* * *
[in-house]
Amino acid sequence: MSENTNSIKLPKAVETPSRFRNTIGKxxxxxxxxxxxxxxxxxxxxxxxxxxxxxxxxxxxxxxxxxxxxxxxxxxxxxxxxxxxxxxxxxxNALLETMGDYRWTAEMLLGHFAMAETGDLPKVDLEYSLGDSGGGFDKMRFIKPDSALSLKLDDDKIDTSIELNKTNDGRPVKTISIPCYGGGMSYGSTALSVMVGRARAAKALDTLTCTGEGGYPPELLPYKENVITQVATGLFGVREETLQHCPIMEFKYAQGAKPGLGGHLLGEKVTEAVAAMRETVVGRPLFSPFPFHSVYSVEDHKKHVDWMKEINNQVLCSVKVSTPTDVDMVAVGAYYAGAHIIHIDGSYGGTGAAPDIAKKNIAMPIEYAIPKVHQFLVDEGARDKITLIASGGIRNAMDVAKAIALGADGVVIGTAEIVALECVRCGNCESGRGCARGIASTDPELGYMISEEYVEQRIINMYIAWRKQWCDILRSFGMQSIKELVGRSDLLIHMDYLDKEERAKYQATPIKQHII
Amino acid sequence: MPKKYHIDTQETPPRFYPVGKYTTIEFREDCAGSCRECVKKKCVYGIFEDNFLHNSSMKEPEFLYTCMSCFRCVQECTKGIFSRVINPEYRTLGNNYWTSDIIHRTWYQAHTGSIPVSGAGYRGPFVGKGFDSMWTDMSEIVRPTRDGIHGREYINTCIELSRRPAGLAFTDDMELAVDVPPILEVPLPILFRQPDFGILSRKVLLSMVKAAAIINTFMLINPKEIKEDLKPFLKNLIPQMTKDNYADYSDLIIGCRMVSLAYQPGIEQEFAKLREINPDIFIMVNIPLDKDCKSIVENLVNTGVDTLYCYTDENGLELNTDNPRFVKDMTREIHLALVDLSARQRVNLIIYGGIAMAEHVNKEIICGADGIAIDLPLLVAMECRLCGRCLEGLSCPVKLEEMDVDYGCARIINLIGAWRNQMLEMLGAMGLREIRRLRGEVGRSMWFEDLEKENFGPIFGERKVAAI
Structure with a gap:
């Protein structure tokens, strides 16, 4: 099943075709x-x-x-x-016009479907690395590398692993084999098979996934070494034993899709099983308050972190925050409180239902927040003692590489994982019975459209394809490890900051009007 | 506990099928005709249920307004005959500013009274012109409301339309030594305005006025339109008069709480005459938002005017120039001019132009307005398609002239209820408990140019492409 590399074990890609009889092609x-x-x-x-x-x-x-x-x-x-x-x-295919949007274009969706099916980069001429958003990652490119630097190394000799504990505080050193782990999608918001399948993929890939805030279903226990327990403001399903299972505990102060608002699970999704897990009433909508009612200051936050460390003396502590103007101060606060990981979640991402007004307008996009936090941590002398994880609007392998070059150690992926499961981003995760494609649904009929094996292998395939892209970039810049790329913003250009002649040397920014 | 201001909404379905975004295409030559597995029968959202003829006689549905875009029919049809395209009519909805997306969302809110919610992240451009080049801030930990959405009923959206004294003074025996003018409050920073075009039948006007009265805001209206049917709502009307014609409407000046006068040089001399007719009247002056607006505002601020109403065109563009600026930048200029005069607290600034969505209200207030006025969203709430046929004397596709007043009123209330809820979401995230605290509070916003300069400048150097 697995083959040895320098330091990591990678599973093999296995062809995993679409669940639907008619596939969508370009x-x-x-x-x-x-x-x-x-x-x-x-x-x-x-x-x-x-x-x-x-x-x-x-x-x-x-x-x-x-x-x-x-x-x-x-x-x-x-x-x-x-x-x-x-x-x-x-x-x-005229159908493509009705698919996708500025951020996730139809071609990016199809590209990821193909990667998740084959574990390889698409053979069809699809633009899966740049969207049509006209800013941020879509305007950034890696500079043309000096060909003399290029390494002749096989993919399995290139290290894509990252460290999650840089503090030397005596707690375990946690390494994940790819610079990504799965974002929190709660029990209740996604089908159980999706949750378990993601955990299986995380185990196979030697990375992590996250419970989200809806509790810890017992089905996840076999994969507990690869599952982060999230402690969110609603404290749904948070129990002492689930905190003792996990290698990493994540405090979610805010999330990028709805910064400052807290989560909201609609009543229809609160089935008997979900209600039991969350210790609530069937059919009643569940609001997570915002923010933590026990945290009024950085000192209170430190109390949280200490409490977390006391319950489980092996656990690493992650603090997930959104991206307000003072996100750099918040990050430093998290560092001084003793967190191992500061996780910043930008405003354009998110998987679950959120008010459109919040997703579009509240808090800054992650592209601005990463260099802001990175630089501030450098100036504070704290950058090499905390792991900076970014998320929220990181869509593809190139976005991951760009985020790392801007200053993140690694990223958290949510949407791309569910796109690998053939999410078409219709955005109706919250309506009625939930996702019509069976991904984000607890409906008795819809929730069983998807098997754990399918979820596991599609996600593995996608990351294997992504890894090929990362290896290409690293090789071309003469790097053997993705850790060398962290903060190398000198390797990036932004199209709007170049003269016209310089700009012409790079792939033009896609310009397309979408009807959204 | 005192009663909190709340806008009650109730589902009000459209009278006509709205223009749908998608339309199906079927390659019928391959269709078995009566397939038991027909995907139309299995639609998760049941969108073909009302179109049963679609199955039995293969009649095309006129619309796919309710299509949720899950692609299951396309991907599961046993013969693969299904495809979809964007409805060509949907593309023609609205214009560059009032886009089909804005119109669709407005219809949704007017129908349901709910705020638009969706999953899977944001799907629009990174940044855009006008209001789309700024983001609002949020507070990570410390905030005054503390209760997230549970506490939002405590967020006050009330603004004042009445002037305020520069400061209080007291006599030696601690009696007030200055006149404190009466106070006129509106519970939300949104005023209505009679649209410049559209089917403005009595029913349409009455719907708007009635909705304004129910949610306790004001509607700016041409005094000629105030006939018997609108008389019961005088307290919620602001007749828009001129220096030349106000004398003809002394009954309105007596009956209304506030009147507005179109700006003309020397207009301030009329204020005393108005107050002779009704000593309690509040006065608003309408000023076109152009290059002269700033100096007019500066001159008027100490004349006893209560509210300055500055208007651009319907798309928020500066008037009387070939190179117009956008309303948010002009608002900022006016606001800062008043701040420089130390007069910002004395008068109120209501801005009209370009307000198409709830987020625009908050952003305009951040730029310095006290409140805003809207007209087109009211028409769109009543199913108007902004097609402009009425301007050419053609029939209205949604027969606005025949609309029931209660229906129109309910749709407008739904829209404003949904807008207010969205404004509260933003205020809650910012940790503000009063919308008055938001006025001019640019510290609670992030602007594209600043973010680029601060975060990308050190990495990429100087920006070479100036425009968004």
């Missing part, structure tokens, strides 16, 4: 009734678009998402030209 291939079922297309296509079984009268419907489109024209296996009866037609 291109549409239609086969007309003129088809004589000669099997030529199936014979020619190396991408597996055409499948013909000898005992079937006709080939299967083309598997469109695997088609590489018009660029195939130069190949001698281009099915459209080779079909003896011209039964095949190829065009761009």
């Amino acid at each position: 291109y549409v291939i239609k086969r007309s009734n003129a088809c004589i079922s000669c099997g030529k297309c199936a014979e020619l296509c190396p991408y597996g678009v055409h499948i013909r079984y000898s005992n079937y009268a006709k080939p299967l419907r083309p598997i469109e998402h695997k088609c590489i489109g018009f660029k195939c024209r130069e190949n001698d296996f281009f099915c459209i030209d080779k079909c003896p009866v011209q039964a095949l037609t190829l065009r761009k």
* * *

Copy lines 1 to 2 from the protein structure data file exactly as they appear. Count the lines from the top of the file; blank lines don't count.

[in-house]
Amino acid sequence: MSENTNSIKLPKAVETPSRFRNTIGKxxxxxxxxxxxxxxxxxxxxxxxxxxxxxxxxxxxxxxxxxxxxxxxxxxxxxxxxxxxxxxxxxxNALLETMGDYRWTAEMLLGHFAMAETGDLPKVDLEYSLGDSGGGFDKMRFIKPDSALSLKLDDDKIDTSIELNKTNDGRPVKTISIPCYGGGMSYGSTALSVMVGRARAAKALDTLTCTGEGGYPPELLPYKENVITQVATGLFGVREETLQHCPIMEFKYAQGAKPGLGGHLLGEKVTEAVAAMRETVVGRPLFSPFPFHSVYSVEDHKKHVDWMKEINNQVLCSVKVSTPTDVDMVAVGAYYAGAHIIHIDGSYGGTGAAPDIAKKNIAMPIEYAIPKVHQFLVDEGARDKITLIASGGIRNAMDVAKAIALGADGVVIGTAEIVALECVRCGNCESGRGCARGIASTDPELGYMISEEYVEQRIINMYIAWRKQWCDILRSFGMQSIKELVGRSDLLIHMDYLDKEERAKYQATPIKQHII